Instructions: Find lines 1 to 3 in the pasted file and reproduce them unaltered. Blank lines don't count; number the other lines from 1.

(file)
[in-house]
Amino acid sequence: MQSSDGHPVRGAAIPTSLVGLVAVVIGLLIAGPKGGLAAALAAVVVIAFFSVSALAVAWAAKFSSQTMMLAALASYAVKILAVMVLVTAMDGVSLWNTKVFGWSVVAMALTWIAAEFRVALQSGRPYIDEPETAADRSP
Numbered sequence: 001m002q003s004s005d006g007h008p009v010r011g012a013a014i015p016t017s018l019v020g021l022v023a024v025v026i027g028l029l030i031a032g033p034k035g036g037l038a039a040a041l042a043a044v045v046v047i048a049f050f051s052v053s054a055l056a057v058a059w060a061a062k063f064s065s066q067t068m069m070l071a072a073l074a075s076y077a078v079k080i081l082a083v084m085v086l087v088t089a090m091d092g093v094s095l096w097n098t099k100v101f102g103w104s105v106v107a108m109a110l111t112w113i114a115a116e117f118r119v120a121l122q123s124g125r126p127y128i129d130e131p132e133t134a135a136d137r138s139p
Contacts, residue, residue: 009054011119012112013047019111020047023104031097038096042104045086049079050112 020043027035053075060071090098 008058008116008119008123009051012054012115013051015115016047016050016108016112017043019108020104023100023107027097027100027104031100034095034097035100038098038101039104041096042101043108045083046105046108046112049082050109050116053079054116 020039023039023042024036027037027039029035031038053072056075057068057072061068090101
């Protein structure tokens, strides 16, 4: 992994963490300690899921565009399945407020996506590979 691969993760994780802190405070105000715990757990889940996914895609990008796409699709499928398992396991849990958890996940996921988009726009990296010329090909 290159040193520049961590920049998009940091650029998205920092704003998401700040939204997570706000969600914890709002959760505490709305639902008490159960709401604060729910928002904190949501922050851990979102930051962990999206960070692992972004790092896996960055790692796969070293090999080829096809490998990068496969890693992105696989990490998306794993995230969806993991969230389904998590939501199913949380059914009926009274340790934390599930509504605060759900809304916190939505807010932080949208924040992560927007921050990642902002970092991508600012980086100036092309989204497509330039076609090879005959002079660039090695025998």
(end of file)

[in-house]
Amino acid sequence: MQSSDGHPVRGAAIPTSLVGLVAVVIGLLIAGPKGGLAAALAAVVVIAFFSVSALAVAWAAKFSSQTMMLAALASYAVKILAVMVLVTAMDGVSLWNTKVFGWSVVAMALTWIAAEFRVALQSGRPYIDEPETAADRSP
Numbered sequence: 001m002q003s004s005d006g007h008p009v010r011g012a013a014i015p016t017s018l019v020g021l022v023a024v025v026i027g028l029l030i031a032g033p034k035g036g037l038a039a040a041l042a043a044v045v046v047i048a049f050f051s052v053s054a055l056a057v058a059w060a061a062k063f064s065s066q067t068m069m070l071a072a073l074a075s076y077a078v079k080i081l082a083v084m085v086l087v088t089a090m091d092g093v094s095l096w097n098t099k100v101f102g103w104s105v106v107a108m109a110l111t112w113i114a115a116e117f118r119v120a121l122q123s124g125r126p127y128i129d130e131p132e133t134a135a136d137r138s139p